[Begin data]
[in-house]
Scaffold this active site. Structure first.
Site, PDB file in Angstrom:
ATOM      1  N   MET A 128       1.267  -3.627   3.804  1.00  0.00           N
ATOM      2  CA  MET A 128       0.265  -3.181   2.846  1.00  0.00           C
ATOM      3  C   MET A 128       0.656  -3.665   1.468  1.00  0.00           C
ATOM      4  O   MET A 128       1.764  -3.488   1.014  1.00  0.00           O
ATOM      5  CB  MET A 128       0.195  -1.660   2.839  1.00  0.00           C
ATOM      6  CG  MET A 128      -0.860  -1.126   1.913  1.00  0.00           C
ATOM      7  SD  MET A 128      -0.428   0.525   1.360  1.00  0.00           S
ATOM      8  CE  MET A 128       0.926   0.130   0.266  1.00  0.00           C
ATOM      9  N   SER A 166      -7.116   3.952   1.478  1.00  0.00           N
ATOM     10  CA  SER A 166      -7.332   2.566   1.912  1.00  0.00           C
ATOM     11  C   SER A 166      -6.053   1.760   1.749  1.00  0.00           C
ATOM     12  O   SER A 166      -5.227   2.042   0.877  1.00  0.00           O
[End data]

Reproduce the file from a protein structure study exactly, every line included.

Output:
[in-house]
Scaffold this active site. Structure first.
Site, PDB file in Angstrom:
ATOM      1  N   MET A 128       1.267  -3.627   3.804  1.00  0.00           N
ATOM      2  CA  MET A 128       0.265  -3.181   2.846  1.00  0.00           C
ATOM      3  C   MET A 128       0.656  -3.665   1.468  1.00  0.00           C
ATOM      4  O   MET A 128       1.764  -3.488   1.014  1.00  0.00           O
ATOM      5  CB  MET A 128       0.195  -1.660   2.839  1.00  0.00           C
ATOM      6  CG  MET A 128      -0.860  -1.126   1.913  1.00  0.00           C
ATOM      7  SD  MET A 128      -0.428   0.525   1.360  1.00  0.00           S
ATOM      8  CE  MET A 128       0.926   0.130   0.266  1.00  0.00           C
ATOM      9  N   SER A 166      -7.116   3.952   1.478  1.00  0.00           N
ATOM     10  CA  SER A 166      -7.332   2.566   1.912  1.00  0.00           C
ATOM     11  C   SER A 166      -6.053   1.760   1.749  1.00  0.00           C
ATOM     12  O   SER A 166      -5.227   2.042   0.877  1.00  0.00           O